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Atomic Absorption Spectroscopy
& Lead Contamination of
Drinking Water
Lead in Drinking Water
• Lead exposure causes damage to the brain,
kidneys, nervous system, and red blood cells
– Young children and pregnant women are at the
greatest risk
– Drinking water, paint, dust common lead sources
• Lead pipes, corroded brass fixtures, and lead
solder can introduce lead into drinking water
Limiting Exposure
• Flush pipes every 6
hours for up to 2
• Use cold water for
• EPA advises a level no higher than 15 ppb,
especially if there are young children in the
• Individuals use independent labs for testing of
home samples
• Several types of atomic absorption
spectroscopy (including graphite furnace) are
EPA approved methods.
Atomic Absorption Spectroscopy
• Gas phase sample absorbs UV or visible light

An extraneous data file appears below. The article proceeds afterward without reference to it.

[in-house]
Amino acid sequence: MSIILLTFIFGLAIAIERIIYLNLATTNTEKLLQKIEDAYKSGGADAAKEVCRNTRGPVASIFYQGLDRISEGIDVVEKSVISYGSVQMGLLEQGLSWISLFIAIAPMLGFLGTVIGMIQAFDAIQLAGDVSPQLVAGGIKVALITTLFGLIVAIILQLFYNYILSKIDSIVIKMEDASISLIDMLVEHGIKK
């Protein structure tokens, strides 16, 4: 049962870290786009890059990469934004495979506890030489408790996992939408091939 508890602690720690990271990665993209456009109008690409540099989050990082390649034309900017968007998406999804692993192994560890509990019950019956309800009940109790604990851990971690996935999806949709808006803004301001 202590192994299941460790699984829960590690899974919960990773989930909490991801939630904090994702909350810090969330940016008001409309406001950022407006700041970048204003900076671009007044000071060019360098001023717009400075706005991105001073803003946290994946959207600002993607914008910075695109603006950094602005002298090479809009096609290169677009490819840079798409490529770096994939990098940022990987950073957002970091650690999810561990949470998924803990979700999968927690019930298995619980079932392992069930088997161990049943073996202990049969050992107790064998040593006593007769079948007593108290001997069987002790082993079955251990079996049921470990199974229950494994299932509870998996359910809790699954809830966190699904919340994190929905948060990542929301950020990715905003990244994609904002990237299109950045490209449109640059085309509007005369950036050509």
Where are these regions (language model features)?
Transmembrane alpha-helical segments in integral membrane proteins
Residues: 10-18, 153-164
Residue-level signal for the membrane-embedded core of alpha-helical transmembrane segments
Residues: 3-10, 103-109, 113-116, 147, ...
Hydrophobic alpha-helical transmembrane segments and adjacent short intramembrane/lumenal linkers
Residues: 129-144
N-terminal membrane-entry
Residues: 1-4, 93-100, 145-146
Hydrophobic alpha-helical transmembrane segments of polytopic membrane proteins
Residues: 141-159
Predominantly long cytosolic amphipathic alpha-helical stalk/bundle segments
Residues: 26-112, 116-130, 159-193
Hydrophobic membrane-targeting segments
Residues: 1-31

causing transitions to higher electronic energy
• Absorption of light is correlated to
concentration using the Beer Lambert Law:
A = -log(I / Io) = εbc
ε= molar absorptivity (L/mol*cm)
b=pathlength of sample cell (cm)
c=concentration of compound (mol/L)
Io= initial intensity I=final intensity
Atomic Absorption Spectroscopy
• Light Source: Excitation of Sample
• Atomizer: Flame or gas furnace is used to vaporize
• Monochromator: allows for isolation of absorption line
• Light is detected, converted to electrical signal, and
Experimental Results
Atomic Absorption Spectra of a dried blood sample showing peaks for
lead, iron, and zinc found in the sample (Karai et. al. 1981)
• Preconcentration of water samples has been
used in order to detect lead easier in samples
less than 50 ug/L.
Future Uses
• Similar methods can be used for analysis of
lead in blood samples.

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